Something as basic as gender has resulted in controversy with Alexa, Siri and Google Assistant accused of sexism for using female voices.

Brands are facing a new branding dilemma. If you need to build an Alexa Skill, a connected car OS, or even a talking fridge, should you have a branded voice? And if so, how should that voice sound?

“Voice, as a thing rather than an abstract concept, opens up a whole new palette for branding, which traditionally has been very visual,” Jim Cridlin, global head of innovation at Mindshare, said.

See also: Voice assistants may ease EHR burden for docs, but challenges exist

Even selecting something as basic as gender has resulted in controversy with Alexa, Siri and Google Assistant accused of sexism for using female voices.

And gender represents just one dimension of voice branding, David Ciccarelli founder and chief executive of voice-over marketplace “There’s accent, age, tone, personality… these are all considerations we find companies are more conscious of now than ever before,” he said. has seen the demand for commercial voices moving from industrial type uses (such as phone systems) to product videos, and now, to apps and connected devices.

See also: Apple helps a blind drummer and nonverbal teen thrive in new spots

The platform has around 200,000 voices across half a million samples that have been uploaded. These voices have been categorised according to language, gender, age and role (such as mother, teacher, father, pirate), and style (angry, sad, happy, professional).

“So we know what people are looking for and we’ve found that one persona stands out head and shoulders above the others, and that is the approachable expert,” Ciccarelli said. “Someone you can ask for help and who will fix things for you. That person could sound like a teacher, who might be your age, and is very tech-driven.”

In fact, there is a strong tendency towards conversational “peer” type voices over “announcer” or “spokesperson”. The least popular type of voice? Alpha male.

“Advertisers like the idea of a friend who knows best when it comes to choosing a voice in ad campaigns,” Ciccarelli noted.

This tendency is even trumping the use of celebrity sound-alikes, found a survey of 500 creative professionals commissioned by

See also: Pharma adopts data-science culture in move toward AI

“While brands were once eager to have the sounds of Morgan Freeman and Tim Allen, emerging trends are indicating that producers and consumers alike are looking for something a little more ‘everyday’,” found the study.

The new type of voice is genuine, slightly flawed, and sounds nothing like a celebrity endorsement. “More than 27% of respondents are flat out refusing to use celebrity sound-alikes,” found the study.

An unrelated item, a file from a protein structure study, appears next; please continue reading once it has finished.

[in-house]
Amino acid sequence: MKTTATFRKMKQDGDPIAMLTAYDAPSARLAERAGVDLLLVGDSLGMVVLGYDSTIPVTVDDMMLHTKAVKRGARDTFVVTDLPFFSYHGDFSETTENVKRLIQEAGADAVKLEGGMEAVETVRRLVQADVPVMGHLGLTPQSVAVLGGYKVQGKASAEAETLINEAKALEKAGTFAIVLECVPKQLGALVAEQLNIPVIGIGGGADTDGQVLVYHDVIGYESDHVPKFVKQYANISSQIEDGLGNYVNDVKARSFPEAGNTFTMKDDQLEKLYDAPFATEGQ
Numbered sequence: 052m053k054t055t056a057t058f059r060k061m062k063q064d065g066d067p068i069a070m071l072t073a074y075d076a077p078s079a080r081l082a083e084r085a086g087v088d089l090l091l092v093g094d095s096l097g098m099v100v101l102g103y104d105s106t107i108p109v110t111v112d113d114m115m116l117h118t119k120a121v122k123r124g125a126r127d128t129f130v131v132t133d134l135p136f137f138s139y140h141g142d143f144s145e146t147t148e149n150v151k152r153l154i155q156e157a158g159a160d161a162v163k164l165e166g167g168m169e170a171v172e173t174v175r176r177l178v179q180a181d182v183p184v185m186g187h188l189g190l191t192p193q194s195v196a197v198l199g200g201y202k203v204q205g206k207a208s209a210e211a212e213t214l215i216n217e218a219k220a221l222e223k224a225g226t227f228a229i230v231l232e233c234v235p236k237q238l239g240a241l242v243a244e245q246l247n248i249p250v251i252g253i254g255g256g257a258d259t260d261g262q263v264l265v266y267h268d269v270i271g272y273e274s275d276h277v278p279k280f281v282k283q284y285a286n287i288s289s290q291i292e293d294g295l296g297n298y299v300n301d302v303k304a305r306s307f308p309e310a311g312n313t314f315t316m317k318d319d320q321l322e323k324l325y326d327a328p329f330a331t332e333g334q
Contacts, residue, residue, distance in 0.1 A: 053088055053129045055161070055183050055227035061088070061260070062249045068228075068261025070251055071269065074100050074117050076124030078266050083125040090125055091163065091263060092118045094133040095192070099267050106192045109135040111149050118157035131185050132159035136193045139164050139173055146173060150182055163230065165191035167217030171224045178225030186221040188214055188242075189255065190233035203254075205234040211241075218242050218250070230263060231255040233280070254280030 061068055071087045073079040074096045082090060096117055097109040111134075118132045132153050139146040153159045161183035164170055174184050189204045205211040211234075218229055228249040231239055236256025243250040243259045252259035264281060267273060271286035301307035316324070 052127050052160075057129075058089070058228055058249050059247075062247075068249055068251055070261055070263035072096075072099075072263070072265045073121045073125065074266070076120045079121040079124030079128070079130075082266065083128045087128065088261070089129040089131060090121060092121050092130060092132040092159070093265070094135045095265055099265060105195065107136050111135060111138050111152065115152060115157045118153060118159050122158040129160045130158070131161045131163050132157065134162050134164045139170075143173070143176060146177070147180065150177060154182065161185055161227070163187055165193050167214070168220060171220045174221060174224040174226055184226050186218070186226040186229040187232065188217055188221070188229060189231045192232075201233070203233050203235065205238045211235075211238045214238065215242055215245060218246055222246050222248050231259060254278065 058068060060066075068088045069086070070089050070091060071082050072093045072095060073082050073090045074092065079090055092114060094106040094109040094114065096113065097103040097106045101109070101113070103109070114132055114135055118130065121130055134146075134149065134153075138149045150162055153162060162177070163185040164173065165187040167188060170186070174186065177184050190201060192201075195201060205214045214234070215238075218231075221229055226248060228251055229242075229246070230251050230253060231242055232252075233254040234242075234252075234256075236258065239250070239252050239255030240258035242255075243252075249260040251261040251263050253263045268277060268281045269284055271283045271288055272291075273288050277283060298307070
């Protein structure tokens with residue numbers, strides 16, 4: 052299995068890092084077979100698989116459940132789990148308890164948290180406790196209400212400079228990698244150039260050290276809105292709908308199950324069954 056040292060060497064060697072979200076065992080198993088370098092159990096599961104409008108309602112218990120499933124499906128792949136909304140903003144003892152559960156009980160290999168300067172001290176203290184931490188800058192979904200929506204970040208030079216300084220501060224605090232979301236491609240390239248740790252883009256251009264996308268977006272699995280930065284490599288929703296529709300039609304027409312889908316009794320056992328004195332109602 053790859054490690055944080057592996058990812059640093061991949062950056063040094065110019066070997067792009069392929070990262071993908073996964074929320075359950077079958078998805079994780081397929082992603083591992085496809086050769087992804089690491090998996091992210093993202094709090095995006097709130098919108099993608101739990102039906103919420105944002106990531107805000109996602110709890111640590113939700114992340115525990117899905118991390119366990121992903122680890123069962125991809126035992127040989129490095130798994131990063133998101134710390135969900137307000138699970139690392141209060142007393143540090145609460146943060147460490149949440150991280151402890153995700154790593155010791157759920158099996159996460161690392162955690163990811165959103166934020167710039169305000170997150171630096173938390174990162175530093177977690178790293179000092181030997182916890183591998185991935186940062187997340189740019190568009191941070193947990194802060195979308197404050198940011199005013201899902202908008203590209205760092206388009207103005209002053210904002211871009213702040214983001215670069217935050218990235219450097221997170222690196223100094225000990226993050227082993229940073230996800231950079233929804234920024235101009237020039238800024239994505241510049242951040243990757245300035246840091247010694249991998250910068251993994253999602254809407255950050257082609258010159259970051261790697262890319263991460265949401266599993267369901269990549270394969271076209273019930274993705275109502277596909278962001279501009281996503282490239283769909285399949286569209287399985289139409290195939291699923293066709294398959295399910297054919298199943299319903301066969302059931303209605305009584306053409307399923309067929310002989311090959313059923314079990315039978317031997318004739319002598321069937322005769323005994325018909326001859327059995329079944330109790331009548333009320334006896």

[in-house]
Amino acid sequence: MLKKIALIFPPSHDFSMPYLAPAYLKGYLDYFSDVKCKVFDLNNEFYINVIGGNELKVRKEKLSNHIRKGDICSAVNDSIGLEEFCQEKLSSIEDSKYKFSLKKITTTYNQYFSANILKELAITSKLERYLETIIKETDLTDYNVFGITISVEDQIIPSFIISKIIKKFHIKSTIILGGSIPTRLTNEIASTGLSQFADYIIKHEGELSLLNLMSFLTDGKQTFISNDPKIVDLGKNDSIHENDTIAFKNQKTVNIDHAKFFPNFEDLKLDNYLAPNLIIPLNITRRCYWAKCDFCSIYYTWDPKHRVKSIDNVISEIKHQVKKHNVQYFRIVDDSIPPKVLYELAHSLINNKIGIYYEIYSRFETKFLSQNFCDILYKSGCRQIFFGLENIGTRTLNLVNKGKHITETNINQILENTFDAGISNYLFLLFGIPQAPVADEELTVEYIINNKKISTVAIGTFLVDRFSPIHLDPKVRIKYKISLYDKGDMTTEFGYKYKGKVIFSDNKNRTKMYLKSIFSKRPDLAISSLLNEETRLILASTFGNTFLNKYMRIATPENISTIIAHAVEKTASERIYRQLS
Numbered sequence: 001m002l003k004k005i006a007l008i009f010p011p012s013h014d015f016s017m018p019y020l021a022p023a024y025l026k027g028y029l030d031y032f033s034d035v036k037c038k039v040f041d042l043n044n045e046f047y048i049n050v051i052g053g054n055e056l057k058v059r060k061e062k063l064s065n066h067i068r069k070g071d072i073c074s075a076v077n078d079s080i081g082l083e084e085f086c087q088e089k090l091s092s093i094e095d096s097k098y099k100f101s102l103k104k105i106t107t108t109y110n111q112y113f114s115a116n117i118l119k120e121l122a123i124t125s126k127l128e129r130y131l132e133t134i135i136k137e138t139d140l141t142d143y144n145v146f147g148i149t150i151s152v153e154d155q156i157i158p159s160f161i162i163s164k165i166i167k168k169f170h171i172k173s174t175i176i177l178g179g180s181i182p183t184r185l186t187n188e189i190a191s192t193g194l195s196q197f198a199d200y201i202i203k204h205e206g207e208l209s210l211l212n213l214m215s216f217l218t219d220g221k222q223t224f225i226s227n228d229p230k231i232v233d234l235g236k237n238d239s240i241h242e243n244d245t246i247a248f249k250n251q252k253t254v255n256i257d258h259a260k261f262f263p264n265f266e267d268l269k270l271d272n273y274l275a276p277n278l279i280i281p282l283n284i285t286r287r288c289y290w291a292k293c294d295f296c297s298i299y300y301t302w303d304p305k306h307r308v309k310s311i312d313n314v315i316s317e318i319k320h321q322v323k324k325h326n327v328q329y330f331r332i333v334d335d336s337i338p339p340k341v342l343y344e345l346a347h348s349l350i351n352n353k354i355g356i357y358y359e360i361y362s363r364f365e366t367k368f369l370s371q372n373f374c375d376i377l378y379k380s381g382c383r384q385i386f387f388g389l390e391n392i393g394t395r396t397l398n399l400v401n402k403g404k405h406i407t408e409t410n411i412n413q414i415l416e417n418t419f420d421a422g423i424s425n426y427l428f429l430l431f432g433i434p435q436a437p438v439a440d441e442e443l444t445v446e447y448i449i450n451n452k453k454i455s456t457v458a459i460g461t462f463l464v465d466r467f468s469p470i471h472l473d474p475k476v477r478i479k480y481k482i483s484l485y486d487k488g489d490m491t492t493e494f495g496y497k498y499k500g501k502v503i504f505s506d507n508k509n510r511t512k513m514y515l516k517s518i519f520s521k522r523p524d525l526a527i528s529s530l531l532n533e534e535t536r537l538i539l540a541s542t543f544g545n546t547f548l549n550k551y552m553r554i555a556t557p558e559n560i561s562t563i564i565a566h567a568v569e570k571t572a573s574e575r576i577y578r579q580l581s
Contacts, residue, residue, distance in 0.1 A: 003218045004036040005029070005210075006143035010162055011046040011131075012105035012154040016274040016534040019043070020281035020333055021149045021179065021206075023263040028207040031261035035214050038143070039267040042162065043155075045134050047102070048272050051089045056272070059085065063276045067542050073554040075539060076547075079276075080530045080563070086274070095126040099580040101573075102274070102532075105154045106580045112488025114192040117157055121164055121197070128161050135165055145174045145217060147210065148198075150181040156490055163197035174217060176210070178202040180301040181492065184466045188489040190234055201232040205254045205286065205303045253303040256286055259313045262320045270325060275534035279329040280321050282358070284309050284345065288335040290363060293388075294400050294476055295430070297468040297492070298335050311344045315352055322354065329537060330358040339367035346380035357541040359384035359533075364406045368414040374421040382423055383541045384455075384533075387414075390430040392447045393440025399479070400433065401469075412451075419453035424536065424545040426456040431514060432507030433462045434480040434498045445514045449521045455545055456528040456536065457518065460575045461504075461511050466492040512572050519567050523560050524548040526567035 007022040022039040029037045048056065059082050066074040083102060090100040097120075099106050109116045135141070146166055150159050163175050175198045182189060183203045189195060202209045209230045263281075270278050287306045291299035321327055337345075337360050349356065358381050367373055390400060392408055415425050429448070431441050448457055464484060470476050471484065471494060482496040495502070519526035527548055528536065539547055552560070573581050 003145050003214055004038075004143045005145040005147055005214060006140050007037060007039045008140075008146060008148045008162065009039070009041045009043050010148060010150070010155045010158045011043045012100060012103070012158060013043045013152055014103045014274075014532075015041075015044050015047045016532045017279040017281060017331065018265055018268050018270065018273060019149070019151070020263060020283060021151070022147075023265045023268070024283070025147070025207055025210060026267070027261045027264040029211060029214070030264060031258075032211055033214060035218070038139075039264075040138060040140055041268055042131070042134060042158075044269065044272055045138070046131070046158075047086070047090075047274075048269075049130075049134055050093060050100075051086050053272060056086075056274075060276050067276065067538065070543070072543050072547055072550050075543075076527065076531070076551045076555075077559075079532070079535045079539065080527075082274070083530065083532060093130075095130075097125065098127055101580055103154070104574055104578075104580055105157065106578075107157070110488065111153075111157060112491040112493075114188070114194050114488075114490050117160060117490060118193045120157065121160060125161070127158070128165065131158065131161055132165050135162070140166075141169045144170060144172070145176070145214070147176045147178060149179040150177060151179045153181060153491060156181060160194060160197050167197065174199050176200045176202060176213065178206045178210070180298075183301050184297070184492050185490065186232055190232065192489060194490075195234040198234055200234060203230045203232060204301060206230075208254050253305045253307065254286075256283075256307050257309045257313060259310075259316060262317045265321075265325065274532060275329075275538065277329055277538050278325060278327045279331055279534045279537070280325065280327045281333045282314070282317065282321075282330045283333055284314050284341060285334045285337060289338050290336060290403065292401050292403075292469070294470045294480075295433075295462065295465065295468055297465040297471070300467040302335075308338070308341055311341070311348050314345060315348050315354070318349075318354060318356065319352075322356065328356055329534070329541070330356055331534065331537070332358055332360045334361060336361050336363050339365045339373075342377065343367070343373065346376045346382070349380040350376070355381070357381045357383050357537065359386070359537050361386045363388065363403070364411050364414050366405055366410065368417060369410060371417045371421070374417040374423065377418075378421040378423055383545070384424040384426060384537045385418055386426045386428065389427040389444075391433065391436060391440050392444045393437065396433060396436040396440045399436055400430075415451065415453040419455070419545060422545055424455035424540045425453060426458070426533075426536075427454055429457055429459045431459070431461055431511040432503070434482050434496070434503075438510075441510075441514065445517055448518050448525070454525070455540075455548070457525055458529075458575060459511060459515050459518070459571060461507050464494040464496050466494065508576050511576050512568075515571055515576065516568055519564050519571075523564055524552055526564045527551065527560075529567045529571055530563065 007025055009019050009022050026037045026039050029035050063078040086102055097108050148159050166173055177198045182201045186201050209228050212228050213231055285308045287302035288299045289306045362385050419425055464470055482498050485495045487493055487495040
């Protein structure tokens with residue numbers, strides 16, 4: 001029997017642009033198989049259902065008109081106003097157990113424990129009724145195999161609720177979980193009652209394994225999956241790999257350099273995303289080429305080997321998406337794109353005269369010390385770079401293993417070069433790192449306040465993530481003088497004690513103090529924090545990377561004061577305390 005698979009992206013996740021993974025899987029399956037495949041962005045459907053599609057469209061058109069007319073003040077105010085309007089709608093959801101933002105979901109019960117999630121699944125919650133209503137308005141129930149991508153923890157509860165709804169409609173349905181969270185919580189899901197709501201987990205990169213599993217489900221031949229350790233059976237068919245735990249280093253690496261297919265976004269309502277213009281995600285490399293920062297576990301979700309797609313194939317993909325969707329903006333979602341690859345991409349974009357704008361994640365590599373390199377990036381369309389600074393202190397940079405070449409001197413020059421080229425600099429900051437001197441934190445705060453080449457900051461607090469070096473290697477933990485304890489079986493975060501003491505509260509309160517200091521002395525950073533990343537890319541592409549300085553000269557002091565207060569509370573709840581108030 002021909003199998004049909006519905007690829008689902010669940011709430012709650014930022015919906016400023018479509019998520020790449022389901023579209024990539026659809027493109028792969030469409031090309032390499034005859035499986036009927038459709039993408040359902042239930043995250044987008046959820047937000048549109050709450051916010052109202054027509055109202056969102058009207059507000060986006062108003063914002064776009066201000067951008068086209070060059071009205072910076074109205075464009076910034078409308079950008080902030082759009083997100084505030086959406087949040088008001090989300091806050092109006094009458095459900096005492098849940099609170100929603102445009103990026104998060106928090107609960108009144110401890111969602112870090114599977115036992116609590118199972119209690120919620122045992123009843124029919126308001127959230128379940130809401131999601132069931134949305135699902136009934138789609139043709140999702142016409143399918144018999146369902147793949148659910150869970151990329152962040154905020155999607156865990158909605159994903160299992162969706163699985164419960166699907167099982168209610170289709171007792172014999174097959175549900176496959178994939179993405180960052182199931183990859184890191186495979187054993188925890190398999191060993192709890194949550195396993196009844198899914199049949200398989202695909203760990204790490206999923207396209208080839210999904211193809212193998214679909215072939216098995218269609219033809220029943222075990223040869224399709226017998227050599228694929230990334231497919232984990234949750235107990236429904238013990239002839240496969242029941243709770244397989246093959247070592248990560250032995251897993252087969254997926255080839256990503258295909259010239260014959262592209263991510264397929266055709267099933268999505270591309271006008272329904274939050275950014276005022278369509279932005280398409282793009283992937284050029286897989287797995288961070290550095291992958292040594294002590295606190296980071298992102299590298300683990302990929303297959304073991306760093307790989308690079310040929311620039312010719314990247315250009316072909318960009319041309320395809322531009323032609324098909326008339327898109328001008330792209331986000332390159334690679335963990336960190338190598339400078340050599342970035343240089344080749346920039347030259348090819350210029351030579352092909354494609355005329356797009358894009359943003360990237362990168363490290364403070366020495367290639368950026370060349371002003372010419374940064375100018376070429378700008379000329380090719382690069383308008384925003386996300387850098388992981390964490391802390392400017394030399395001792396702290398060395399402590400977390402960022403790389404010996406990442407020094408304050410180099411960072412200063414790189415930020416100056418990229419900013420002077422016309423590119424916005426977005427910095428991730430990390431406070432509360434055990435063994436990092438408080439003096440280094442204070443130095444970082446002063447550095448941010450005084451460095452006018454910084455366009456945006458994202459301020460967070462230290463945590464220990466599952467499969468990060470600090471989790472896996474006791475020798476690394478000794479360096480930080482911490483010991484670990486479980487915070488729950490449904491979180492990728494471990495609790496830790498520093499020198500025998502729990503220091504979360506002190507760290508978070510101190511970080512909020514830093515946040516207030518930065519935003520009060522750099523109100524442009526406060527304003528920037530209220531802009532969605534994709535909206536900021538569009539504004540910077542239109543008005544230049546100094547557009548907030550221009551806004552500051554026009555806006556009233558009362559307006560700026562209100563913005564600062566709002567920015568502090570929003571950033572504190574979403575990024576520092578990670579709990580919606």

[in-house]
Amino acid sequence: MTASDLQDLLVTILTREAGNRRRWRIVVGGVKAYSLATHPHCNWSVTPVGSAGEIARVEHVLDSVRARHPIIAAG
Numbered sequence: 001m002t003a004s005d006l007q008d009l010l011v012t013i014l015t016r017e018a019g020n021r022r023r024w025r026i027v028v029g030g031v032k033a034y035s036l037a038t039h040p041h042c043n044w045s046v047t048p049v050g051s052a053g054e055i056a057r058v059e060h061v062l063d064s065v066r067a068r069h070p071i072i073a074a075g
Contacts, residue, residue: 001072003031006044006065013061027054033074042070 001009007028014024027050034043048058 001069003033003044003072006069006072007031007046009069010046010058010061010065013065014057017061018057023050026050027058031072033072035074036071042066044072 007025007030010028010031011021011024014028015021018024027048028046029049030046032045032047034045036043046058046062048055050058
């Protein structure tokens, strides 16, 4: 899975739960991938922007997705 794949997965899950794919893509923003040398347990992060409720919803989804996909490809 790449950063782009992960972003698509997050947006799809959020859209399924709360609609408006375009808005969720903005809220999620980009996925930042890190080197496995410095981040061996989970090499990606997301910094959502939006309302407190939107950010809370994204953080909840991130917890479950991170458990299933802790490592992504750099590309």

As anyone who has watched My Fair Lady will know, accents are a choice fraught with political considerations in the UK.

J Walter Thompson’s The Innovation Group has done some research around this subject and found that there are preferences but they will differ from person to person.

“Speaking broadly, we did find that people from the south of England preferred a female voice to a male one. And a neutral, rather than a strong accent. They also wanted voices that were human rather than robotic, and calm and steady, not animated and excited,” Marie Stafford, European director of The Innovation Group.

See also: 4 trends with the potential to change behavior in the patient journey

Globally, the neutral British accent is also, by far, the most popular, found But increasingly, there is a trend to either very subtle not-placeable accents or extremely specific ones.

“For example, a Spanish accent on an English script is not always sufficient: the need exists to regionalise that further to Spanish-Castilian or Spanish-Galician in some cases,” the report said.


In an ideal world, the voice a brand uses for an individual would be personalised, Cridlin said. “It could be more formal for you, because you’re new to the brand. But with me, as a loyal customer, it could be less so.”

Google Home is already capable of recognising different voices in a household and tailor answers according to the different Google accounts attached. “So it’s not very far off that a brand’s voice could change depending on the customer.”

Stafford is on board with the idea of personalisation: “People don’t agree whole-heartedly on what they want. While most prefer warm human voices, some say they think that’s creepy and they want robots to sound like robots. Allowing for choice would solve the problem.”

This story first appeared in Campaign.